Lowest marks over environment
Mainlanders gave the government the lowest marks yet for environmental protection last year, despite unprecedented public spending on such efforts in the lead-up to the Beijing Olympics
Nearly 80 per cent of residents polled felt the environment was 'extremely' or 'fairly' bad last year, up nearly 10 percentage points from 2007. More than half of the respondents were also dissatisfied with government attempts to solve environmental problems.
The survey was conducted by the China Environmental Culture Promotion Association, a non-profit organisation funded by the Ministry of Environmental Protection. It canvassed nearly 10,000 residents in 31 major cities. Residents in rural areas, where the most polluting factories are located, were excluded.
The interviewees' environmental awareness had increased, contributing to the surge of negative feedback, the report said.
The report also said the reputations of state-owned enterprises were severely damaged, and blamed the decline on the tainted-milk scandal and other incidents. The enterprises' approval ratings dropped by more than one-third compared with 2007.
More than half of the people surveyed said the root of the milk scandal lay not in any company's management but the lack of government supervision.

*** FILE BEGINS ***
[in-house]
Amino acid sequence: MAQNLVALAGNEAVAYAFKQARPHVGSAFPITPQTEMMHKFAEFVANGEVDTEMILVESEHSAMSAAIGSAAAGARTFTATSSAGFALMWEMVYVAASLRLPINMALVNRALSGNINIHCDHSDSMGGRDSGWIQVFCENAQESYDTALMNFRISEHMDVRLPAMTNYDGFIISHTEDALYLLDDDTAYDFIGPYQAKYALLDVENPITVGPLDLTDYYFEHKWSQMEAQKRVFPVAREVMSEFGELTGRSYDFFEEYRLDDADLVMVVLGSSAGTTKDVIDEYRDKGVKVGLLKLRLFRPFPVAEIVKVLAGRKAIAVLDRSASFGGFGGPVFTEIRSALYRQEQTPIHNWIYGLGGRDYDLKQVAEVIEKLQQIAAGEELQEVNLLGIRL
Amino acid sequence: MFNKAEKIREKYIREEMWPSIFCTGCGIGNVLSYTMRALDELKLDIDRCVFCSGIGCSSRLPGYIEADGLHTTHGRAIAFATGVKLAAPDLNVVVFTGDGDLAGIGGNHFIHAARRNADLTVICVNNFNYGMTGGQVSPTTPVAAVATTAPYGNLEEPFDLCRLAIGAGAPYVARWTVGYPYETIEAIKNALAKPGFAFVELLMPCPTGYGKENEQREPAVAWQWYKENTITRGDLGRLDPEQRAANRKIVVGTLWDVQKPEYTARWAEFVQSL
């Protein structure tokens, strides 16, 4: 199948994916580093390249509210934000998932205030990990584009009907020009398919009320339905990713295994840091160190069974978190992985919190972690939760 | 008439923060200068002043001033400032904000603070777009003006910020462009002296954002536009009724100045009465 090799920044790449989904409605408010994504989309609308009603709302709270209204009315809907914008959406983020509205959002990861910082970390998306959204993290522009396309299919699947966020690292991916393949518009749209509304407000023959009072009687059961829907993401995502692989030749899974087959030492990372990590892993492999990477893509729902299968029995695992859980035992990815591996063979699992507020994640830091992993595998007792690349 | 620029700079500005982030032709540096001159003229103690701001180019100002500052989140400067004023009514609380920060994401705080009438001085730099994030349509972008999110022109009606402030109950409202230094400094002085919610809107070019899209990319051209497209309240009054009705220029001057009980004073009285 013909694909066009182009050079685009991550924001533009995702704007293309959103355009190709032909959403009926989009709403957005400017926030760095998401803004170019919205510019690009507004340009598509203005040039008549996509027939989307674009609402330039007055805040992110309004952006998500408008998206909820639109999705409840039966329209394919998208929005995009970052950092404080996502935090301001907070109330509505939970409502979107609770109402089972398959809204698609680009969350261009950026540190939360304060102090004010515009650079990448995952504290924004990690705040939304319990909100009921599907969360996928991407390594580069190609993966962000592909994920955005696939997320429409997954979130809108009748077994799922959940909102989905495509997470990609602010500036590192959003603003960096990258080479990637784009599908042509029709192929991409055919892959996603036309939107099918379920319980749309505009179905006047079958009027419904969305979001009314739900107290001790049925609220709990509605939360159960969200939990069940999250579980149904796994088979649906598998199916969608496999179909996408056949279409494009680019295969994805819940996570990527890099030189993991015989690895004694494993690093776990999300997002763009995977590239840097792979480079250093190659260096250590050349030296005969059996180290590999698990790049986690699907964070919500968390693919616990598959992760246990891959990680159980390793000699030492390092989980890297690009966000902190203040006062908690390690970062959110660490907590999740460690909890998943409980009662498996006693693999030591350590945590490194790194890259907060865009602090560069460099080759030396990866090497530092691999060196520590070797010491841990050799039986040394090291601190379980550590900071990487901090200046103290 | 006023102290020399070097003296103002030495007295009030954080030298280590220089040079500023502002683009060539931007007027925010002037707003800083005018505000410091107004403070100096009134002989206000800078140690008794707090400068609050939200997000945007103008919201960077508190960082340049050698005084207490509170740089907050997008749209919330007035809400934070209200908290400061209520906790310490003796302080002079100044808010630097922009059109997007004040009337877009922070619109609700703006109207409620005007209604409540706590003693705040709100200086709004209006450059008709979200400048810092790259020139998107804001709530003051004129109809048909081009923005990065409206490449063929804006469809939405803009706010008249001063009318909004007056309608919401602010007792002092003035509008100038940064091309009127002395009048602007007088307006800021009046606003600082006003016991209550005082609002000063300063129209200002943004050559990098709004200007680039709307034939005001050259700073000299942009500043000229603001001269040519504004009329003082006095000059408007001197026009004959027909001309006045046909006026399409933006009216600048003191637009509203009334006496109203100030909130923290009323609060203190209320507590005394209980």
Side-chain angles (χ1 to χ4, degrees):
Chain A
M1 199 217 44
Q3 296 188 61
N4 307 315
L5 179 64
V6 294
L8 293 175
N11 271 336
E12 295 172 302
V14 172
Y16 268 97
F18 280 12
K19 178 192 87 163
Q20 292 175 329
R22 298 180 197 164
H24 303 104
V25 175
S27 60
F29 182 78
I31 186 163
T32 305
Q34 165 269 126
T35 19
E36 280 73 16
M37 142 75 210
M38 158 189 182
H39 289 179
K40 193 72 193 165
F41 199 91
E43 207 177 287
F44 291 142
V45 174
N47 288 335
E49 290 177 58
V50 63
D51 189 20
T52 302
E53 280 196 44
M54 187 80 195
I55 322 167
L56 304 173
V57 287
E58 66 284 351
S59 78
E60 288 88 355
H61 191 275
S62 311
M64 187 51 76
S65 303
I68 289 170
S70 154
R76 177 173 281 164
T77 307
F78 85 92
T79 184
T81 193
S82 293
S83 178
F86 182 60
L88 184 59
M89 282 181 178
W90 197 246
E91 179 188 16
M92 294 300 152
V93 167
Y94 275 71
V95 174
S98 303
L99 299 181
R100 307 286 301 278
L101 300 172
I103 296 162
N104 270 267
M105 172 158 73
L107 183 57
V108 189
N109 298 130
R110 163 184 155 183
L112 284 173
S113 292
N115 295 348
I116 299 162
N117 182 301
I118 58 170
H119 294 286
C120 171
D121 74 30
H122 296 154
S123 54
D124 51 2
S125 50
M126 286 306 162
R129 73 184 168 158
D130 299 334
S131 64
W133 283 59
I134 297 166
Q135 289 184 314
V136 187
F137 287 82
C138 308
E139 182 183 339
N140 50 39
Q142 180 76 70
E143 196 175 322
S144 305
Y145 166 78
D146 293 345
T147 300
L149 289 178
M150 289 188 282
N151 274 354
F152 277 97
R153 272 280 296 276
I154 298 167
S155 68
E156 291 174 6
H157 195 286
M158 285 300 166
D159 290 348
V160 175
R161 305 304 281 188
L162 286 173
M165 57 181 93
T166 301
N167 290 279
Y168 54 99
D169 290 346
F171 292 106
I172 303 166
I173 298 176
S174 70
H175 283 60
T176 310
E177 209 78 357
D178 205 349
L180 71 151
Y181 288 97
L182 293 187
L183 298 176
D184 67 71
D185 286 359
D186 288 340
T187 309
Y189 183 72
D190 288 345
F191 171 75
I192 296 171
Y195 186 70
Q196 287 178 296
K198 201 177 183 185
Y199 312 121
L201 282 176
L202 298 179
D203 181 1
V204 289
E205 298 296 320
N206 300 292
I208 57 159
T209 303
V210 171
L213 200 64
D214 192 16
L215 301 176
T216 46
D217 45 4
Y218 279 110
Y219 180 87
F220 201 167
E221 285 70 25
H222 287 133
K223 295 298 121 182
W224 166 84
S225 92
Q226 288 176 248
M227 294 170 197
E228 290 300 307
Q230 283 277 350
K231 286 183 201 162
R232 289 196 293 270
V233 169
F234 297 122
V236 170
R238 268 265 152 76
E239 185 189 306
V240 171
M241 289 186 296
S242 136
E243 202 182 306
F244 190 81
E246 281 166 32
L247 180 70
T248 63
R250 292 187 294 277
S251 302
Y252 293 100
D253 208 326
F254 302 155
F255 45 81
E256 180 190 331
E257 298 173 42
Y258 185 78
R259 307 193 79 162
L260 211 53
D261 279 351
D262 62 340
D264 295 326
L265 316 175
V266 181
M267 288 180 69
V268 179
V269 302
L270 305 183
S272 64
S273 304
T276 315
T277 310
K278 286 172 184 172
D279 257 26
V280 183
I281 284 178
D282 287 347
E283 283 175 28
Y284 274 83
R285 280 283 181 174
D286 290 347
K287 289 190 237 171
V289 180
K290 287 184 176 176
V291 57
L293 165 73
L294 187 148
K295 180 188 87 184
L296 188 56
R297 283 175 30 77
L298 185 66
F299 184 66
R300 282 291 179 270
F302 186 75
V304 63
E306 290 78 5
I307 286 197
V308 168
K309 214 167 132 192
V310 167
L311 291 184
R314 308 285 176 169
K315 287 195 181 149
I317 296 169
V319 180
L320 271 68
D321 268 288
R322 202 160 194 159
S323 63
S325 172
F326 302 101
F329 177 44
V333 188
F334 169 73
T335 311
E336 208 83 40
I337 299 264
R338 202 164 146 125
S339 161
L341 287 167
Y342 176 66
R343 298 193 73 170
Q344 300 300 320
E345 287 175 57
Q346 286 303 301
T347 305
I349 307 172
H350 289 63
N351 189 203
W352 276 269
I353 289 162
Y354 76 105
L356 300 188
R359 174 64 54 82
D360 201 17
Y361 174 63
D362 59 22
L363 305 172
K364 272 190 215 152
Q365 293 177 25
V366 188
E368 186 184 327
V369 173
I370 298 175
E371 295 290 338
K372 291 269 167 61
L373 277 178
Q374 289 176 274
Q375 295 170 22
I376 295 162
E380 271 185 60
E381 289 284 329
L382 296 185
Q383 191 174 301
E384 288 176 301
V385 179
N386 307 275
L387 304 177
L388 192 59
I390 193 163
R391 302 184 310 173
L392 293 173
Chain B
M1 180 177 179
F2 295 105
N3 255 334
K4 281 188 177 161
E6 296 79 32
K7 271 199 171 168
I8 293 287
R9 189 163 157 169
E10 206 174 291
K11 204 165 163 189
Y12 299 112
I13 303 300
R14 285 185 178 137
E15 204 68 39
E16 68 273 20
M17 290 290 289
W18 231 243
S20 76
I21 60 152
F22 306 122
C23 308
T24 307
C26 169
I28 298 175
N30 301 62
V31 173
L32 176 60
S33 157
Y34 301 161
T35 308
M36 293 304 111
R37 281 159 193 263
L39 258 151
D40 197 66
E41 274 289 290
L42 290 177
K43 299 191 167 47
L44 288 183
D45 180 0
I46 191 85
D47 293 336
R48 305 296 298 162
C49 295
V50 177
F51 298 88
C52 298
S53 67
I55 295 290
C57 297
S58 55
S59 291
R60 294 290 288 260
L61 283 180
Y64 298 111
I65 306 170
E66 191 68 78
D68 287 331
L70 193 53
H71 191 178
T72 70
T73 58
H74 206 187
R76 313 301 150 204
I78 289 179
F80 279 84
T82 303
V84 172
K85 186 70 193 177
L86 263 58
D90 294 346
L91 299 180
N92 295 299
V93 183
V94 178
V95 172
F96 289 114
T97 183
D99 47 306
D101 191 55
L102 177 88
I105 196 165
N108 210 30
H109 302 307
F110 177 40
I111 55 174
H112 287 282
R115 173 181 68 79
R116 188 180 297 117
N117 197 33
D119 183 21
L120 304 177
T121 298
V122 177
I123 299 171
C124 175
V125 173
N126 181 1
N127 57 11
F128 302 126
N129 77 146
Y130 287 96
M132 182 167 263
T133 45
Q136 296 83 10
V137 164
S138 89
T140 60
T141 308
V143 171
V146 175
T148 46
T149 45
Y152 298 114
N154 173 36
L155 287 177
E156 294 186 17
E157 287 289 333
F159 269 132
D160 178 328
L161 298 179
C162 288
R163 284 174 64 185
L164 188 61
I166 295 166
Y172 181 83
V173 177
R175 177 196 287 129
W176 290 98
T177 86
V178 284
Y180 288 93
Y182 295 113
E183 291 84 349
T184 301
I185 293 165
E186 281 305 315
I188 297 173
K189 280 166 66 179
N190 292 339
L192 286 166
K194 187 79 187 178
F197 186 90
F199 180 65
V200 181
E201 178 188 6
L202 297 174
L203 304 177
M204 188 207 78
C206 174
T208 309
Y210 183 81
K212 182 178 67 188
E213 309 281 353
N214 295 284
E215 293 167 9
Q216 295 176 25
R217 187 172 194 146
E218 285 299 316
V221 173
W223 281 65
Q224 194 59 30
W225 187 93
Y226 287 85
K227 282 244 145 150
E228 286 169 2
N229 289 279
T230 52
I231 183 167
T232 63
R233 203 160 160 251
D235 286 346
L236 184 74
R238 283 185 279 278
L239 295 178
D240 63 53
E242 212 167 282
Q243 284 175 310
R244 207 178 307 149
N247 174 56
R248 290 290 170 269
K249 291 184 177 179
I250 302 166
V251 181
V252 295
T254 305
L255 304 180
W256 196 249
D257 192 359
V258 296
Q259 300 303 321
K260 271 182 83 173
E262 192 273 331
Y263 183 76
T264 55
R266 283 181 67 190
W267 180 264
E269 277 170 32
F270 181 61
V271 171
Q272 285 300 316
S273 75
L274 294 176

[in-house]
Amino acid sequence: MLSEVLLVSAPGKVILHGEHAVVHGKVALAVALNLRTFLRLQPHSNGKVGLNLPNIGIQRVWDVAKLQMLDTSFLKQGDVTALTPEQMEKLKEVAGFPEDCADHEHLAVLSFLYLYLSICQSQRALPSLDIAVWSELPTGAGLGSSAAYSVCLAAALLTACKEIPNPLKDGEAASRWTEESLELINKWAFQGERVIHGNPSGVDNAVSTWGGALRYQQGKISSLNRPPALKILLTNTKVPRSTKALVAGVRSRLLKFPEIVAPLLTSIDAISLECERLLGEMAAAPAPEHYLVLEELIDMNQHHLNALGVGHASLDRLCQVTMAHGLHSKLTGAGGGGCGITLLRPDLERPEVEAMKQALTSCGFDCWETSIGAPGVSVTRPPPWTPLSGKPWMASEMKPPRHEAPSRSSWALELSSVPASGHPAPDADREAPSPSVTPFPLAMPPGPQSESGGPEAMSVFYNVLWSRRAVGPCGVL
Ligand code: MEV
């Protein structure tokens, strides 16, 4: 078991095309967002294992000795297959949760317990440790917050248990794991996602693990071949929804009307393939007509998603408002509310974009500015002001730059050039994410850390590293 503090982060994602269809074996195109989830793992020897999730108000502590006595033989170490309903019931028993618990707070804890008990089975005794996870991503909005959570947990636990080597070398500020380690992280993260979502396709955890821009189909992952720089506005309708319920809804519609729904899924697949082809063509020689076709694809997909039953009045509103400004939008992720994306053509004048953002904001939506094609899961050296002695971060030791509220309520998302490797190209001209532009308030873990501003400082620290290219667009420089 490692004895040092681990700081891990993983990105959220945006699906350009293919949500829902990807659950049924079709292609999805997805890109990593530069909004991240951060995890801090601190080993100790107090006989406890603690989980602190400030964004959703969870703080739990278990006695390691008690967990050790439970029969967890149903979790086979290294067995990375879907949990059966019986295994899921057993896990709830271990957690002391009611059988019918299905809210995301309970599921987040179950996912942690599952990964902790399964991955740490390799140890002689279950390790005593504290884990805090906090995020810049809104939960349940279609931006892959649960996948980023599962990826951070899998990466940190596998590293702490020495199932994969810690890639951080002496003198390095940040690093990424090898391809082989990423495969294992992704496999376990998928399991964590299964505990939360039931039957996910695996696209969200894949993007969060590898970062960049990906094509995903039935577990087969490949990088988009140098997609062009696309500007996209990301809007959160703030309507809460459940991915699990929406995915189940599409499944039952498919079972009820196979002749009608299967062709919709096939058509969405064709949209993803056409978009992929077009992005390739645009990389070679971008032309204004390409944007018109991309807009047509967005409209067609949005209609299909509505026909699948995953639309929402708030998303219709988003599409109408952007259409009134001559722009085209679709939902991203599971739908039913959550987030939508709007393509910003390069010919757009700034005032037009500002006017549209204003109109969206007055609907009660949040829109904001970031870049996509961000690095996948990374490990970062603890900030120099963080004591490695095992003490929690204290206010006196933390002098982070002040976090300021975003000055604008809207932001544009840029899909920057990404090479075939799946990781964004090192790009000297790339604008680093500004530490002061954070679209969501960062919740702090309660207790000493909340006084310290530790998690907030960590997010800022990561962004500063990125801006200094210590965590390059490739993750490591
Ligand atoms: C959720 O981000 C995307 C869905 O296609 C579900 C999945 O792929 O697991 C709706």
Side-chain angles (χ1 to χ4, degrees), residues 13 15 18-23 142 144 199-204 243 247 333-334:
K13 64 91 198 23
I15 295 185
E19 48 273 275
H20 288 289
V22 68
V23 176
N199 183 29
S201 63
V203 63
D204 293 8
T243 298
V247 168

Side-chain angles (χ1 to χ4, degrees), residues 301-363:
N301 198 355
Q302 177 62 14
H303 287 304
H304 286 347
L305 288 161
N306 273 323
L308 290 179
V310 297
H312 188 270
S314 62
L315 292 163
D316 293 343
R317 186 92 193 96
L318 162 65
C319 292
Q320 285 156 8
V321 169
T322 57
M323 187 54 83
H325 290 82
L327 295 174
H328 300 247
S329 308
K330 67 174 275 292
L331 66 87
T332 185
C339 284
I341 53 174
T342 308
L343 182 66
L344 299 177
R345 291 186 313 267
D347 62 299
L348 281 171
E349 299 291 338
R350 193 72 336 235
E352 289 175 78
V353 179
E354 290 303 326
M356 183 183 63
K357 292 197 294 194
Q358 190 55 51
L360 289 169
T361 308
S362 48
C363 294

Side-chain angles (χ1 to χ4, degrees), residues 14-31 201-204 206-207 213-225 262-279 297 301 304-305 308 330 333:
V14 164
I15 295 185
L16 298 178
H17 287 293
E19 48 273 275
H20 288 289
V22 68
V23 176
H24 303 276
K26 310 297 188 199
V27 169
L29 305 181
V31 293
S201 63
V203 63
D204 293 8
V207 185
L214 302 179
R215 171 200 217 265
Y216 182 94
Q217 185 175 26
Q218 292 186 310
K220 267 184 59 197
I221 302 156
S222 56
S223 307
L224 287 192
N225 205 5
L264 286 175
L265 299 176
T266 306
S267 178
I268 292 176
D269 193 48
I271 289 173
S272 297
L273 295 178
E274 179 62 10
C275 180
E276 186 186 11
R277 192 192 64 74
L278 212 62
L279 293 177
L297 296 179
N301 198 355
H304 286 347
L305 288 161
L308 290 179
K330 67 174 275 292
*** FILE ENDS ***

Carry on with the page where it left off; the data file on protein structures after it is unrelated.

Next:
In contrast, the popularity of foreign firms on the mainland rose sharply last year. Nearly 80 per cent of residents said they trusted overseas companies more on environmental ethics, a practice often neglected by mainland enterprises, the report said.
Residents showed little awareness of Beijing's costly environmental campaign initiated in recent years. Fewer than 10 per cent of them knew about plans to cut energy consumption by 20 per cent in five years.
And almost all respondents answered incorrectly when asked about who was responsible for the environmental problems in their neighbourhood - the correct answer was the city government.
Top environmental concerns were garbage, noise and pets. Mainland cities produced 130 million tonnes of waste last year, but only half of it was properly collected and disposed of. Some cities just dumped the waste in suburban areas, causing sanitary and pollution issues.
There is one area where the government seems to be winning points: the ban on plastic bags. In a non-government study funded by the Heinrich Boll Foundation, also released yesterday, more than half of the consumers polled in Beijing's four downtown districts were using environmental friendly carry bags or using their own plastic bags to shop.